Written Questions for Minister's Reply: Fifth Parliament
Written Questions is another tool through which the legislature conducts oversight over the executive – similar to the tools of plenary and committee oral questions. Written Questions allow Members of Parliament to ask a Minister about the activities, spending, policy and legislation implementation of a government department to keep the executive arm of state accountable.
A report of the UNDP finds that written questions are one of the most widespread forms of parliamentary scrutiny – their dynamic is different in that they can provide more detail than oral questions and can be used to probe a specific matter by a Member of Parliament over a sustained period of time 1
The number of written questions posed over the Fifth Parliament:
WRITTEN QUESTIONS: FIFTH PARLIAMENT
Our statistics make it clear that the oversight and accountability mechanism of written questions is particularly a tool of the opposition
Research shows that in all parliaments opposition parties are more active in asking questions than governing parties - even if government parties have genuine policy concerns they can use informal means to obtain information or bring government attention to issues due to their close relation to the government. Opposition parties, on the other hand, have an interest in exposing the policy failures of the government this draws negative attention to the government2.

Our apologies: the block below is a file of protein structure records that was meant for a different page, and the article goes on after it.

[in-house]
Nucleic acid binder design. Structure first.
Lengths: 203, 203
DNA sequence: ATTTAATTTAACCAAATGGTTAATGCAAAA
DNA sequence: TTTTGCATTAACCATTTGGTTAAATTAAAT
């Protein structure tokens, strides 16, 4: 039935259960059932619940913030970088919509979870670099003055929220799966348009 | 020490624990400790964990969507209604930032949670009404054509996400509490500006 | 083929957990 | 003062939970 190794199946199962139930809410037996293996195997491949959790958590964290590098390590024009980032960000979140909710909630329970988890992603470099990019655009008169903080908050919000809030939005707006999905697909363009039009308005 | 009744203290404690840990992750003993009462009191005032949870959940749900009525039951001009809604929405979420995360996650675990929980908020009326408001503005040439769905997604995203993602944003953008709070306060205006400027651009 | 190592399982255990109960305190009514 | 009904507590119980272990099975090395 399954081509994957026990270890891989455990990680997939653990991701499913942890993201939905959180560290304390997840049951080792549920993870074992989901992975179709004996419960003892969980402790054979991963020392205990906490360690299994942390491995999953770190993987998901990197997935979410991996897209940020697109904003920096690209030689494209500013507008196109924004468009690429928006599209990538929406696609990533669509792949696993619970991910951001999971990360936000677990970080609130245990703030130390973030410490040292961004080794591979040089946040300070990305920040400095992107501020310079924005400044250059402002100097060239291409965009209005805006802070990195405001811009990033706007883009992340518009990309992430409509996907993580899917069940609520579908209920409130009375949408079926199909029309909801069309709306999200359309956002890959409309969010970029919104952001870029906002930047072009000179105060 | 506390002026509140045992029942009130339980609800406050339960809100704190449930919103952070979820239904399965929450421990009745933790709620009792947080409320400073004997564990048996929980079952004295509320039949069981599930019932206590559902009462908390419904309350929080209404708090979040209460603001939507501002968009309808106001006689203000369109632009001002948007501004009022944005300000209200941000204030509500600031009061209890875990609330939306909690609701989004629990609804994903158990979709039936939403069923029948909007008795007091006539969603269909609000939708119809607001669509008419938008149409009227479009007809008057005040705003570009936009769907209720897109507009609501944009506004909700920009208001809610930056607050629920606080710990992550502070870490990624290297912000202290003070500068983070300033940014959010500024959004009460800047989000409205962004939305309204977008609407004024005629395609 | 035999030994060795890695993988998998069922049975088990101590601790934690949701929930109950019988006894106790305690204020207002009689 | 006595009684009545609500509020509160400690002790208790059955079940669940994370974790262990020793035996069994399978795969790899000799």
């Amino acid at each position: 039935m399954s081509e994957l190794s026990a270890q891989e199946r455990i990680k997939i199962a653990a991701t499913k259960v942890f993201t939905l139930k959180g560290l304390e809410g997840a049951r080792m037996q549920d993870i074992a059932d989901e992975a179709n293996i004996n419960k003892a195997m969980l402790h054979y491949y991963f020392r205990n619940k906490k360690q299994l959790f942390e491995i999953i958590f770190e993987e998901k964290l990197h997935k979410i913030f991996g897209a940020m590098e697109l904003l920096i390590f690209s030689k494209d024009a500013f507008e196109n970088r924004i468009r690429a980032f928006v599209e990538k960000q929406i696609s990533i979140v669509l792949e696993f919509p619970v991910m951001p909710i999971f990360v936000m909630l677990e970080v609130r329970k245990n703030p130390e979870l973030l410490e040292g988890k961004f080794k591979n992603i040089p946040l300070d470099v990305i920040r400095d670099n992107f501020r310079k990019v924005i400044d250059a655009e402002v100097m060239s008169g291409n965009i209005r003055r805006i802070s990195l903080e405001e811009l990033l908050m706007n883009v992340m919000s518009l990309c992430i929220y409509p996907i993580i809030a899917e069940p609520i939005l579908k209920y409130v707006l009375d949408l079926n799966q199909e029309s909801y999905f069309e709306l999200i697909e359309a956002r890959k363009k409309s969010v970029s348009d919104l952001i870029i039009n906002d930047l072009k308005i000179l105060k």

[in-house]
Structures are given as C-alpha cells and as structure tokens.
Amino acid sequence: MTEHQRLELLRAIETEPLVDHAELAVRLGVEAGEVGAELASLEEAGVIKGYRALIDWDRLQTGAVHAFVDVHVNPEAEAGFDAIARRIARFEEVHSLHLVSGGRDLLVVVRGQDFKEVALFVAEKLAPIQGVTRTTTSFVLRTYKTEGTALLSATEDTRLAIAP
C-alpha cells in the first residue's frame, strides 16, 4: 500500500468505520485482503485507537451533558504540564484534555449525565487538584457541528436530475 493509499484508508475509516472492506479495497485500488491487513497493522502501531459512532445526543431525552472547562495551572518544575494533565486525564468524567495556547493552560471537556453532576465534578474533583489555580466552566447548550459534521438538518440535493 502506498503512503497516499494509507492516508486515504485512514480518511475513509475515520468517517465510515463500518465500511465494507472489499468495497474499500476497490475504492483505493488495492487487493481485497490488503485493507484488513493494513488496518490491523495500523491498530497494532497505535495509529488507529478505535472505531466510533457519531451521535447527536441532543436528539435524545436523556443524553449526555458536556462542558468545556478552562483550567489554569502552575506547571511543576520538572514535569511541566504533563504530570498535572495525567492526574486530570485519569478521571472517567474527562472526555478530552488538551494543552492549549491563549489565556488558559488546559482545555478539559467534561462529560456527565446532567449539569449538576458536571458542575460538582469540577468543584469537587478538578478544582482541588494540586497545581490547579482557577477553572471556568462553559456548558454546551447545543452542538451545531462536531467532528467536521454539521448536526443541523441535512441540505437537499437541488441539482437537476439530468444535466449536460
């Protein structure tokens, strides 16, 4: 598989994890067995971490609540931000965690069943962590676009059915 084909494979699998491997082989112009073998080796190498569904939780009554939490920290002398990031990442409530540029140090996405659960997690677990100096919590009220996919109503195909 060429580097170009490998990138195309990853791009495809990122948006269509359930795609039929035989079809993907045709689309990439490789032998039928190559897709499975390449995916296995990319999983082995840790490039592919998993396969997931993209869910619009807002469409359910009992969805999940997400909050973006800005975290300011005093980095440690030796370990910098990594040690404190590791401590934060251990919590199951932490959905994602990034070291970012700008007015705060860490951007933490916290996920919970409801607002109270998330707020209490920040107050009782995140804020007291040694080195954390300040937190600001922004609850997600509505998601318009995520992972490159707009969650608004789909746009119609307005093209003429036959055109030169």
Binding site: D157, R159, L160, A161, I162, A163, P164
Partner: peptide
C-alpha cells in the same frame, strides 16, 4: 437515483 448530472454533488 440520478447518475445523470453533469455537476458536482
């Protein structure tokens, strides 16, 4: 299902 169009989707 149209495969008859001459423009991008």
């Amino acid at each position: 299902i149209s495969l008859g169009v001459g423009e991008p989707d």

A total of 18 823 written questions were posed to the Executive over the Fifth Parliament - 74.5% of these questions were asked by the DA alone followed by 14.6% by the EFF. Only 0.73% of the questions were posed by the ANC
The MP that asked the most questions over the Fifth Parliament was Mr Michael Waters (DA) – the Member asked 250 questions on average per year.
The Ministry asked the most questions over the Fifth Parliament was Police – the Minister was asked 1151 questions.
An analysis of the data indicates that the response rate is high. The quality of the Replies needs a survey of the MPs who asked the questions. This would make an interesting study as the quality of the Replies has sometimes been described as inadequate.
3.7% of questions asked in the Fifth Parliament were done so by COPE – this is remarkable for a minority party with only three seats – calculations below show that the three-seat party asked on average 236 questions per Member over the Fifth Parliament followed by the FF+ where each of its four Members asked 158 questions on average over the Fifth Parliament.
% QUESTIONS ASKED PER PARTY*
AVERAGE NUMBER OF QUESTIONS PER MEMBER*
* Both graphs exclude three parties that asked zero questions over the Fifth Parliament
|Party||Seats||2014||2015||2016||2017||2018||2019||Total Questions||Average per Member|
 Global Parliamentary Report, 2017. Parliamentary Oversight: Parliament’s power to hold government to account.
 Simon Otjes & Tom Louwerse. 2017. Parliamentary questions as strategic party tools.
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